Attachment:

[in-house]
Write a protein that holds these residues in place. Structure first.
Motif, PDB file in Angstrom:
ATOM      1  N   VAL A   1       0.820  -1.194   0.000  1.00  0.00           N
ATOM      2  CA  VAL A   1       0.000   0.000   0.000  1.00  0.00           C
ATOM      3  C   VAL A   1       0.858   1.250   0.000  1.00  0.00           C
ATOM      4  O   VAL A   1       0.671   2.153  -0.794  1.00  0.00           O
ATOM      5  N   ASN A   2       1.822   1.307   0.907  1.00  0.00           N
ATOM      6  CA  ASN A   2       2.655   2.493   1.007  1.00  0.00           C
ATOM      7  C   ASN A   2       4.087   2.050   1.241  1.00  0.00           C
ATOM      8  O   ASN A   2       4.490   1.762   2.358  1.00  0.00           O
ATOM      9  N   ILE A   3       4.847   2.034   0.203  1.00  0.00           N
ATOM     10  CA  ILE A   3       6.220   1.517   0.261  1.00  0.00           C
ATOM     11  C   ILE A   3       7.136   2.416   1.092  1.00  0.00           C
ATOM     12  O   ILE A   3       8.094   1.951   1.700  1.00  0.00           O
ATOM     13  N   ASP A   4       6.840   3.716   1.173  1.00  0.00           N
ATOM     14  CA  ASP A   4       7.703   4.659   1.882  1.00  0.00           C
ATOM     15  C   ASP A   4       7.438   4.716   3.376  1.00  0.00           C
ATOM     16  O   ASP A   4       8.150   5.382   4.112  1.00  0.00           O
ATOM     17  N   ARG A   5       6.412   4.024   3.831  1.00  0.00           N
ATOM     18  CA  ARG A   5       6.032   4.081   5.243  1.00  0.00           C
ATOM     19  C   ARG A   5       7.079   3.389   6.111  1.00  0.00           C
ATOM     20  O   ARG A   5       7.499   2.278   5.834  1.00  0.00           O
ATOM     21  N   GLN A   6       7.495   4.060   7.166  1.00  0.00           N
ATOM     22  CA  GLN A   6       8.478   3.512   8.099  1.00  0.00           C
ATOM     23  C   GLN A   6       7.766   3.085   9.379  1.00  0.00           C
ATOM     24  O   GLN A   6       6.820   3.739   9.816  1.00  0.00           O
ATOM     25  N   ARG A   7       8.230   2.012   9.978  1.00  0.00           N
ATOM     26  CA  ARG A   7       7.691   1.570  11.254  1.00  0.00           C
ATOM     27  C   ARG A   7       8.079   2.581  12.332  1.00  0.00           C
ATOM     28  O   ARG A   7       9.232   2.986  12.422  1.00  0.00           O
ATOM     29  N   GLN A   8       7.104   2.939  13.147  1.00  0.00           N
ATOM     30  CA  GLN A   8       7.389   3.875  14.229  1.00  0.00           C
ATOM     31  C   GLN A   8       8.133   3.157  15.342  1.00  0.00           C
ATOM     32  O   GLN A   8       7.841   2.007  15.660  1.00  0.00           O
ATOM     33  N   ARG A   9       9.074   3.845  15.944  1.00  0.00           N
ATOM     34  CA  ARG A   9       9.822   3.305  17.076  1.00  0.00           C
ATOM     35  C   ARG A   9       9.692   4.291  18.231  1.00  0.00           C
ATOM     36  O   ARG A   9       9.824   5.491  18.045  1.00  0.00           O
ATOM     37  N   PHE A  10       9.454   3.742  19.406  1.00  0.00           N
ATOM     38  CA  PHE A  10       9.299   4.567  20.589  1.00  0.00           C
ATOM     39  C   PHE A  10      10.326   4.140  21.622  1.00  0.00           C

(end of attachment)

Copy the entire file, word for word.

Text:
[in-house]
Write a protein that holds these residues in place. Structure first.
Motif, PDB file in Angstrom:
ATOM      1  N   VAL A   1       0.820  -1.194   0.000  1.00  0.00           N
ATOM      2  CA  VAL A   1       0.000   0.000   0.000  1.00  0.00           C
ATOM      3  C   VAL A   1       0.858   1.250   0.000  1.00  0.00           C
ATOM      4  O   VAL A   1       0.671   2.153  -0.794  1.00  0.00           O
ATOM      5  N   ASN A   2       1.822   1.307   0.907  1.00  0.00           N
ATOM      6  CA  ASN A   2       2.655   2.493   1.007  1.00  0.00           C
ATOM      7  C   ASN A   2       4.087   2.050   1.241  1.00  0.00           C
ATOM      8  O   ASN A   2       4.490   1.762   2.358  1.00  0.00           O
ATOM      9  N   ILE A   3       4.847   2.034   0.203  1.00  0.00           N
ATOM     10  CA  ILE A   3       6.220   1.517   0.261  1.00  0.00           C
ATOM     11  C   ILE A   3       7.136   2.416   1.092  1.00  0.00           C
ATOM     12  O   ILE A   3       8.094   1.951   1.700  1.00  0.00           O
ATOM     13  N   ASP A   4       6.840   3.716   1.173  1.00  0.00           N
ATOM     14  CA  ASP A   4       7.703   4.659   1.882  1.00  0.00           C
ATOM     15  C   ASP A   4       7.438   4.716   3.376  1.00  0.00           C
ATOM     16  O   ASP A   4       8.150   5.382   4.112  1.00  0.00           O
ATOM     17  N   ARG A   5       6.412   4.024   3.831  1.00  0.00           N
ATOM     18  CA  ARG A   5       6.032   4.081   5.243  1.00  0.00           C
ATOM     19  C   ARG A   5       7.079   3.389   6.111  1.00  0.00           C
ATOM     20  O   ARG A   5       7.499   2.278   5.834  1.00  0.00           O
ATOM     21  N   GLN A   6       7.495   4.060   7.166  1.00  0.00           N
ATOM     22  CA  GLN A   6       8.478   3.512   8.099  1.00  0.00           C
ATOM     23  C   GLN A   6       7.766   3.085   9.379  1.00  0.00           C
ATOM     24  O   GLN A   6       6.820   3.739   9.816  1.00  0.00           O
ATOM     25  N   ARG A   7       8.230   2.012   9.978  1.00  0.00           N
ATOM     26  CA  ARG A   7       7.691   1.570  11.254  1.00  0.00           C
ATOM     27  C   ARG A   7       8.079   2.581  12.332  1.00  0.00           C
ATOM     28  O   ARG A   7       9.232   2.986  12.422  1.00  0.00           O
ATOM     29  N   GLN A   8       7.104   2.939  13.147  1.00  0.00           N
ATOM     30  CA  GLN A   8       7.389   3.875  14.229  1.00  0.00           C
ATOM     31  C   GLN A   8       8.133   3.157  15.342  1.00  0.00           C
ATOM     32  O   GLN A   8       7.841   2.007  15.660  1.00  0.00           O
ATOM     33  N   ARG A   9       9.074   3.845  15.944  1.00  0.00           N
ATOM     34  CA  ARG A   9       9.822   3.305  17.076  1.00  0.00           C
ATOM     35  C   ARG A   9       9.692   4.291  18.231  1.00  0.00           C
ATOM     36  O   ARG A   9       9.824   5.491  18.045  1.00  0.00           O
ATOM     37  N   PHE A  10       9.454   3.742  19.406  1.00  0.00           N
ATOM     38  CA  PHE A  10       9.299   4.567  20.589  1.00  0.00           C
ATOM     39  C   PHE A  10      10.326   4.140  21.622  1.00  0.00           C